“GM — the second largest automobile manufacturer in the world with annual sales of $152 billion — owns a 5% stake. Like Enbridge, GM knows that the millions of dollars it has invested in this company could return hundreds of millions, if not billions, of dollars in the years to come….

“That’s why the company’s stock is up about 100% in a year.

“However, it still trades for less than $19 a share… and has a total market valuation of less than $250 million!”

So what’s our secret stock? As you can imagine, with that nice pile of steaming clues it didn’t take the Thinkolator long to identify our target — this is Hydrogenics Corp. (HYGS).

Hydrogenics has long been a hydrogen company with a good story, creating hydrogen systems and pushing for fuel cell adoption, but their story turned sour a few years back (coincidentally, that’s about when the last promise of hydrogen fuel cell cars fell out of favor with the first reliable hybrid and electric cars), but they have indeed had a bit of a recovery lately on the strength of both renewed interest in hydrogen fuel cells for transportation and telecommunications, and, more recently, on the pilot projects of their “power to gas” systems like the operational project in Germany that DeHaemer is teasing today.

The stock is slightly above $19 now, right around $21, but the market cap is under $200 million still and they have enough cash to keep going for a while. They are not profitable, but they do envision themselves becoming profitable fairly soon — they don’t think they need a capital infusion ore increase in production capacity to reach profitability. And they have some strong partners in E.on in Germany and Enbridge in North America (and Hyundai and GM).

The “power to gas” division is not their biggest one, but it’s a very appealing story (which is no doubt why DeHaemer’s publisher is using it, probably successfully, to catch the attention of new customers). The company describes the advantages of their system pretty nicely here:

“One of the unique characteristics of the Power-to-Gas solution is that it leverages the inherent advantages of the natural gas system. It provides the means to both store and transport energy. By storing hydrogen or substitute natural gas in the existing natural gas pipeline network and its associated underground storage facilities, the stored energy is not restricted to the site of generation. In effect the natural gas system serves as a ‘Power by Pipes’ alternative to the transmission grid to alleviate network congestion and transport energy. Separating the storage and discharge of energy results in a higher overall integrated energy system efficiency”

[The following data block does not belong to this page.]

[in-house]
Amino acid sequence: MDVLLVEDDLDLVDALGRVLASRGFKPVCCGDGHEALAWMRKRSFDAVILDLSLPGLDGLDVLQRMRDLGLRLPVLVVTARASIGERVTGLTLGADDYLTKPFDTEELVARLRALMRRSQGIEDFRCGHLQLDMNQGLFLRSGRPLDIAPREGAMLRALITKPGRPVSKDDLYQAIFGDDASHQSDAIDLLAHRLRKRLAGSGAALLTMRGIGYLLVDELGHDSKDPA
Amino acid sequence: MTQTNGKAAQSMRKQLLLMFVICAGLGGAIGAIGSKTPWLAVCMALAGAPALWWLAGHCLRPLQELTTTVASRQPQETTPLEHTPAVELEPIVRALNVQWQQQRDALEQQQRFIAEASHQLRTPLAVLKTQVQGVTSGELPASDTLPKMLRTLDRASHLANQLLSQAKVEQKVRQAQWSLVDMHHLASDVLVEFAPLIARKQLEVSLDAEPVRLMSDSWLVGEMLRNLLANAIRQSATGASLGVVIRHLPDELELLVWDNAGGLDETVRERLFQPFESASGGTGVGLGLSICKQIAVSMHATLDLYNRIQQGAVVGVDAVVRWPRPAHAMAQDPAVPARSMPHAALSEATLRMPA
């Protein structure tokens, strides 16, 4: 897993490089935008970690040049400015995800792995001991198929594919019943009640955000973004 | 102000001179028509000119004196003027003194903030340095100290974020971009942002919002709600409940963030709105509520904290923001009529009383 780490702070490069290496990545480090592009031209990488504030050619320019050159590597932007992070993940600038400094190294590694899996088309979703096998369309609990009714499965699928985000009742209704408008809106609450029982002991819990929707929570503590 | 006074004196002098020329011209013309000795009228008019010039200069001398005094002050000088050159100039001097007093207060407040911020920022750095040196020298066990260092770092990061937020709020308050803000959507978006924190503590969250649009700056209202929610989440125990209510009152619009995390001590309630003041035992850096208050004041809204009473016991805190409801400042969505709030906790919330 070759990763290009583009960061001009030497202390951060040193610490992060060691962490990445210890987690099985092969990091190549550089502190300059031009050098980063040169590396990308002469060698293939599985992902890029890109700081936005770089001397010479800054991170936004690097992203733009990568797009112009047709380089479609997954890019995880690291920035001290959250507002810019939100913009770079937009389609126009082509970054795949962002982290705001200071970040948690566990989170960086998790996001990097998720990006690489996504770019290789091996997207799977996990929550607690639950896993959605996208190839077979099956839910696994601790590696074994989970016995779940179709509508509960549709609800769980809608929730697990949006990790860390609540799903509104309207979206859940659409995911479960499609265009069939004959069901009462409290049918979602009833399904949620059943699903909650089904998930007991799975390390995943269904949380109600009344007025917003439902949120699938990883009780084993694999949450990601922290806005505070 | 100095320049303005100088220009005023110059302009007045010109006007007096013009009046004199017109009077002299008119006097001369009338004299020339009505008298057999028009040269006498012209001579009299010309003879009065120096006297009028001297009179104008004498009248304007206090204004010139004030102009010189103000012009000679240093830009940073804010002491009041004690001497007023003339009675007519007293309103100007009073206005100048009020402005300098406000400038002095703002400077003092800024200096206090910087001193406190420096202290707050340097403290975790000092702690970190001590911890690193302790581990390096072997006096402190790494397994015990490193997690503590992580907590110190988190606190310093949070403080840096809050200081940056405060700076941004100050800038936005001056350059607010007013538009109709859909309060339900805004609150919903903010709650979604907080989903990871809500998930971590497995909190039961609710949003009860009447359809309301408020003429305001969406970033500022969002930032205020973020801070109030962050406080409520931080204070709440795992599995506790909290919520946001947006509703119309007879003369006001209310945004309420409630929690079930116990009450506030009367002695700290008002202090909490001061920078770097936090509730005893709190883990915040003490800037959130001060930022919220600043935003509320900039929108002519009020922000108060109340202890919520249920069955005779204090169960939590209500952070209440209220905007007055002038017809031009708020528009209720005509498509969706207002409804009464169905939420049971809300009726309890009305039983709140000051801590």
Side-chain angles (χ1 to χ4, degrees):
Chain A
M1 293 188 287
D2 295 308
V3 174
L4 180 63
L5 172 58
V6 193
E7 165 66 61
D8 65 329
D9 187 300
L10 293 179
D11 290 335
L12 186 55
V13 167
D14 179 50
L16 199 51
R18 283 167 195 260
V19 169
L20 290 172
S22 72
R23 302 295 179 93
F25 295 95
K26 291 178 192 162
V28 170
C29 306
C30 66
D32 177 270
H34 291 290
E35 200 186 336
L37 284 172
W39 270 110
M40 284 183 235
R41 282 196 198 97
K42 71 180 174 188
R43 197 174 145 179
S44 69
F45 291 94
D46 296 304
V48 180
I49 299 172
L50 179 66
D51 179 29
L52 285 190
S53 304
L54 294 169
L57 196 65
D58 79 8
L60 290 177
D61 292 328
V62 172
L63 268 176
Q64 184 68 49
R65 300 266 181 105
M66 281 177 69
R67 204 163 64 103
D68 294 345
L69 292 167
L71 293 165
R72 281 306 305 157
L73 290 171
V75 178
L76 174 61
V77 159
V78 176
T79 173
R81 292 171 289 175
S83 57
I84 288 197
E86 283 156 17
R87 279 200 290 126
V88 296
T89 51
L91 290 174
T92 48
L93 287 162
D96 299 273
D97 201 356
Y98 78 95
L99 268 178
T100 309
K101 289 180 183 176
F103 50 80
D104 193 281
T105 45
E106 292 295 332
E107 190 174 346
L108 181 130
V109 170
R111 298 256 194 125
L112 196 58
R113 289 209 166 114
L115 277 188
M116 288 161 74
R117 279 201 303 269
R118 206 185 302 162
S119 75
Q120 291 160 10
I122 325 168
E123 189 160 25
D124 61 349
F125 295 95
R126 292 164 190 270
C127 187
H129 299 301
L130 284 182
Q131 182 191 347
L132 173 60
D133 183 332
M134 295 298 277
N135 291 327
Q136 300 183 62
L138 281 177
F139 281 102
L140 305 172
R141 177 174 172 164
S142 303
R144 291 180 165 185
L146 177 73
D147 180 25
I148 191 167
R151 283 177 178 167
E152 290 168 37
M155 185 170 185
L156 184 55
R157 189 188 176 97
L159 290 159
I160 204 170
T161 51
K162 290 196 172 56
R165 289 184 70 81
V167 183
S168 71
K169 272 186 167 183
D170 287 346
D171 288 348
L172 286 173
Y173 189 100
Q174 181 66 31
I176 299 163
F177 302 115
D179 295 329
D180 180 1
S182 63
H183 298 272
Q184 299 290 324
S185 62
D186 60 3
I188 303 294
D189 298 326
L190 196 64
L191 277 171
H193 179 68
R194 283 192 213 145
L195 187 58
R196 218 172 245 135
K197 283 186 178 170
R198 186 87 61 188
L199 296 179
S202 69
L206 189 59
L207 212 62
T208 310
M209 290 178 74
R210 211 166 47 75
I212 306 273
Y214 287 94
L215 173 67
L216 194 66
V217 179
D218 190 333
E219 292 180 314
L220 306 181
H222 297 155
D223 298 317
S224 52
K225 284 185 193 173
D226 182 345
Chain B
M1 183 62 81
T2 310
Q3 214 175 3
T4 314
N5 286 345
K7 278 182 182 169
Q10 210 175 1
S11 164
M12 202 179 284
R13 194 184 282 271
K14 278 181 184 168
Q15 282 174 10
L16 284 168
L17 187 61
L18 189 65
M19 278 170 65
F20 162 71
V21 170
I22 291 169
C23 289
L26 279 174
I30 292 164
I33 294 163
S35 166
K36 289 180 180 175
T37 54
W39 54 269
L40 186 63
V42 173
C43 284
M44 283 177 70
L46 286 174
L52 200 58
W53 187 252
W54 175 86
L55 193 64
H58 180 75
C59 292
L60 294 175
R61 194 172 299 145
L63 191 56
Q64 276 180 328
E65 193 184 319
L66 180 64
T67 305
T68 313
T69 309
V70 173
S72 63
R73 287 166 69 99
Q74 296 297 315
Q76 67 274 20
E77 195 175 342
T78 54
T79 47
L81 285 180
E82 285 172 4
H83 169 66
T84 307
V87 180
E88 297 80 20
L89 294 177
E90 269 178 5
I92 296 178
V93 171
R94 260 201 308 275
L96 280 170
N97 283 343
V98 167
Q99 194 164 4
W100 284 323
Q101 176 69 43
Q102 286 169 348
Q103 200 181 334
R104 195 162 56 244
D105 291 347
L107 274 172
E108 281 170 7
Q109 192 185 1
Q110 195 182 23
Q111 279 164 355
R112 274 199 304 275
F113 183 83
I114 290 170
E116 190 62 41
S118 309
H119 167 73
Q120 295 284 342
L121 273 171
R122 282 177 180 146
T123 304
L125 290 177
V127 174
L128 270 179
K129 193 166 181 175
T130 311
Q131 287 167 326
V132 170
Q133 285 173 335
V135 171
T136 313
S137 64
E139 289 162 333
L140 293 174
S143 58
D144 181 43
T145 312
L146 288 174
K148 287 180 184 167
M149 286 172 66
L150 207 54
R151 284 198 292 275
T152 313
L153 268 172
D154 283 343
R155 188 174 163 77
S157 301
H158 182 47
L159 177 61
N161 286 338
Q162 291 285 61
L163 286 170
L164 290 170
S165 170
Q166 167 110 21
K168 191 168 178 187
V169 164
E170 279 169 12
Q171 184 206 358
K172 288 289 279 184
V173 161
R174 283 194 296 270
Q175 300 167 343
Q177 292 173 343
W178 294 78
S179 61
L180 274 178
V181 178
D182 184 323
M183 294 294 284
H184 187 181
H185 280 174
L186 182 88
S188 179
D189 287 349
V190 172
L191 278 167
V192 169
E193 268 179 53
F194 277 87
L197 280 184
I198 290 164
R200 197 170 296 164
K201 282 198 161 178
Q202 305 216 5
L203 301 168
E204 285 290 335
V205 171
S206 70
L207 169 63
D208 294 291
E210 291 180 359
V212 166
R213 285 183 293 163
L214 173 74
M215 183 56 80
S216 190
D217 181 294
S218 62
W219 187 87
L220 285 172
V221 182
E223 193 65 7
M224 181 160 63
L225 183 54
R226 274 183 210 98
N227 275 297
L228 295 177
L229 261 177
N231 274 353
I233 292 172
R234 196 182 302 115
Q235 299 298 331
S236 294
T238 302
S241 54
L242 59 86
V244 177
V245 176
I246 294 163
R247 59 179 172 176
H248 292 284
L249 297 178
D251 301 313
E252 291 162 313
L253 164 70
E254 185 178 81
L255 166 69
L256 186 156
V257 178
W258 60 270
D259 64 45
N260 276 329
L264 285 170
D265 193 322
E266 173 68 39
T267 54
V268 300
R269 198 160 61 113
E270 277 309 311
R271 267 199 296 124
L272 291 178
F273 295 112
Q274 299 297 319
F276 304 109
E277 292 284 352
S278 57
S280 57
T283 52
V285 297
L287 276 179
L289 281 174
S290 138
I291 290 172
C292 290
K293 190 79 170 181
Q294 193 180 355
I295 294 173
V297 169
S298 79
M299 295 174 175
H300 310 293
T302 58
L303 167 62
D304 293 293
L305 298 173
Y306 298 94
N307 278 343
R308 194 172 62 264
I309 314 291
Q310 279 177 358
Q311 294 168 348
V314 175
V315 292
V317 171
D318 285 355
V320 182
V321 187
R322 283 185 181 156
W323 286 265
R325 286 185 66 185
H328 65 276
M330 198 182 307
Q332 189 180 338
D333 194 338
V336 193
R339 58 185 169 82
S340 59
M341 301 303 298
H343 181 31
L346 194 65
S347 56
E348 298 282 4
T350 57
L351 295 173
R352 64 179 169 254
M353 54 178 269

I haven’t seen any information about the efficiency of the system — about how this “gas storage” system for electricity compares to grid storage or batteries or simply to the current system — but it does seem like it could make for a nice and tidy way to turn solar power or wind power into baseload “always on” power if that electricity is turned into natural gas that can be stockpiled and burned in a nat gas turbine. How much it costs versus actually producing the natural gas and burning it, I don’t know. They do have the large project in Germany, which is for 2MW but is apparently scalable and started operations over the Summer, and a second plant in Hamburg is apparently underway … and they also are selling self-contained systems to essentially provide local baseload power from renewable energy in the form of “micro-grid storage,” as with this order they announced just recently.

This is one of those companies where the one-year chart looks like an awesome breakout company, the five-year chart shows us a recovery from a several-year lull, and the ten-year chart shows a completely collapse of a market darling. Consolidation-adjusted, the stock was around $200 not much more than a decade ago, three or four bucks in 2010-2011, and is now back above $20 (there was a 25:1 share consolidation or “reverse split” back in 2010 so they could stay on the Nasdaq — the stock was down in penny range for a while before that). The same is true for most of the hydrogen fuel cell companies that have survived, stocks like Ballard Power (BLDP), FuelCell (FCEL) and Plug Power (PLUG) — I can’t say that I remember a specific catalyst to all of those companies collapsing in the early-to-mid 2000s, but they were all darlings for at least a little while at the same time that the internet bubble was preparing to burst … and they’re all down 80, 90 or whatever percent from their long-ago highs.

But Hydrogen is certainly capturing our fancy again — hydrogen cars are being pushed again by a couple carmakers, with baby steps taken on building up hydrogen fueling stations again, and that has helped the fuel cell companies this year (there’s a good Washington Post piece on hydrogen fuel cars at the DC auto show here), and Hydrogenics has shown some life in building up their backlog of orders a little bit … heck, there’s even one analyst who thinks they’ll be profitable next year (perhaps he’s dating the CEO’s daughter or is just more optimistic than others, I don’t know).

And HYGS is making some progress, it appears — they think that they can keep gross margins stable and become profitable once annual revenue hits $50 million, which might not be more than a year or two away if all goes well, and they have enough cash to at least get through another year like last one without having to sell shares. That’s on the strength of backlog for telecom backup power systems from their partner Commscope, as well as a big order still working its way through for propulsion power cells (for a secret customer) and some hydrogen generation orders (for systems that use electrolysis to produce hydrogen where it’s needed — like in industry, or at hydrogen fueling stations). Here’s how the CEO put it on their last quarterly call: